Kadena used restricted chemical found in local waterways, say officials
CAMP FOSTER, Okinawa — Kadena Air Base officials have acknowledged using a restricted contaminant found in firefighting foam after high levels of the hazardous organic compound were detected in streams running through the base and in adjacent groundwater wells.
In a letter dated Feb. 17, Col. Dwayne Robison, commander of the 18th Civil Engineer Group, told Okinawa prefectural officials the base is in the process of replacing fire extinguishing foam containing perfluorooctane sulfonate, known as PFOS, with products free of the substance.
PFOS was restricted under Japanese law in 2010 to special circumstances, such as etching agents, resists for semiconductors and in the manufacture of photographic film. Its use is also restricted in the United States.
The purchase of fire extinguishing foam containing PFOS was banned in both the U.S. and Japan as of 2014, according to Okinawan officials and the U.S. Environmental Protection Agency’s website.
“As with all major airports in the world, to include those in Japan, Kadena Air Base has procured products in the past containing PFOS, such as aqueous film forming foam,” Robison wrote to the Okinawa Defense Bureau.
The base has replaced most foams containing the banned chemical and will continue to do so, Robison said in his letter.
Air Force officials did not respond to requests for further comment.
Robison said Kadena uses the foam according to standard industry practices and that local officials could continue to monitor the base’s wells.
Okinawa officials told Stars and Stripes they were not satisfied with that response. They met with Robison at Kadena Air Base on Monday and requested a joint working group be formed to investigate the source of the pollution, including tests of the base’s river and drain outlets. They had previously called for an immediate suspension of PFOS’ use.
“We don’t yet know if there are any other chemicals containing PFOS that are still in use on the base,” said Minoru Ishiara, chief of the water supply section of the Okinawa enterprise bureau. “The compound continues to be detected in pretreatment water collected from streams that run through the air base.”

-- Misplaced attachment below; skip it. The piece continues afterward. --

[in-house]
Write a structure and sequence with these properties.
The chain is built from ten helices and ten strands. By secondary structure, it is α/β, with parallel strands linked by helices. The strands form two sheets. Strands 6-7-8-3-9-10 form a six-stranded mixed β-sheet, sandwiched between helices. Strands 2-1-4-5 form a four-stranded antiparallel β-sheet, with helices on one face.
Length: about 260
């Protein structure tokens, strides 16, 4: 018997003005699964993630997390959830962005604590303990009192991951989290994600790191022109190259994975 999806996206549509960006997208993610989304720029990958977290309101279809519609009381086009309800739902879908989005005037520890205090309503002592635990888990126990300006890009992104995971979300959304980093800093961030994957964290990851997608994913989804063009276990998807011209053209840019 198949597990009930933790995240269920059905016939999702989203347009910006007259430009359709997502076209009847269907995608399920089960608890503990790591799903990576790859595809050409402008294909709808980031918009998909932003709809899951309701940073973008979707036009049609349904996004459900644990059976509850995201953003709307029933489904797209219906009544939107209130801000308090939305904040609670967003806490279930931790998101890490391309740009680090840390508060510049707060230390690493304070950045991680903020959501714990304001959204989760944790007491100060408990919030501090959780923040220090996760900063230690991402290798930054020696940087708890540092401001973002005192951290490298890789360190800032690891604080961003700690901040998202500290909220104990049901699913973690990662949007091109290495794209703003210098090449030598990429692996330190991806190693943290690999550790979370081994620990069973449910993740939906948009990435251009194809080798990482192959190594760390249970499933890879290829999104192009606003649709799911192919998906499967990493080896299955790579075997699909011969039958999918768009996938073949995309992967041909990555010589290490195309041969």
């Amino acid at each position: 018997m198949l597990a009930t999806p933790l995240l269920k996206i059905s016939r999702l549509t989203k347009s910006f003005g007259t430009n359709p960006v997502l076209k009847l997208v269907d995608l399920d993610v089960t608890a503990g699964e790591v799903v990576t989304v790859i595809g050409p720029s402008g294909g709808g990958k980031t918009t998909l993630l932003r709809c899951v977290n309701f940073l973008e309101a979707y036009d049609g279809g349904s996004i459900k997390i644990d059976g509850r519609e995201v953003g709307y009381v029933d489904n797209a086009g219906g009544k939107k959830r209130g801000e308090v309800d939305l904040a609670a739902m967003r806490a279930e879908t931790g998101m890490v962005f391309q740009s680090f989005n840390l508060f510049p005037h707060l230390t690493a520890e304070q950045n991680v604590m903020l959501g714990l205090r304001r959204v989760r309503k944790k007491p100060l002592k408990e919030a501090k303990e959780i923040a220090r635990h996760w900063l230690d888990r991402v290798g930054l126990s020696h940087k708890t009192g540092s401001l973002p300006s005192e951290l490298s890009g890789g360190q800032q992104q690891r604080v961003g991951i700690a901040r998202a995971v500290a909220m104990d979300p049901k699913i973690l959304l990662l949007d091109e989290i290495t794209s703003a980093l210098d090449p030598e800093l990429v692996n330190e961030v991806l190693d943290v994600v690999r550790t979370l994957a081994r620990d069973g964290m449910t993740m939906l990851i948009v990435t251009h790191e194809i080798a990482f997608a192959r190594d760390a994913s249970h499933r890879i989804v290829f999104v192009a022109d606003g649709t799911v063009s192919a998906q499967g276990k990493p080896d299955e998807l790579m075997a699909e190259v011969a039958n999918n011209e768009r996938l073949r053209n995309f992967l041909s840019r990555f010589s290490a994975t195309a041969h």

Okinawa and base officials have previously said there is little risk of human exposure because local drinking water is adequately treated.
PFOS was detected in water samples taken in the past couple of years from the Dakujaku River, local officials said in January. The river runs through the base and flows into the Hija River, the Nagata Pumping Station and wells on the base.
Bureau surveys between February 2014 and November 2015 found PFOS levels ranging from one to 543 nanograms per liter, with the highest levels discovered at pump stations for the Hija and Nagata rivers. In the U.S., a provisional health advisory is issued at 200 nanograms per liter. Japan has been studying the compound’s safety since 2009, but no guidelines on how much is safe have been issued.
There is little data on the effects of PFOS exposure to humans. However, perfluorinated compounds are an emerging contaminant that have been known to cause death, tumors and increases in body and organ weight in animals, according to the EPA.
The Japan Times cited U.S. government documents obtained under the Freedom of Information Act earlier this month when it reported numerous spills, including 21,000 liters (5,500 gallons) of fire extinguishing agents, over the past 15 years at Kadena. Some spills were not cleaned up and allowed to reach local waterways and the ocean, and others were not reported to Japanese officials, according to the paper.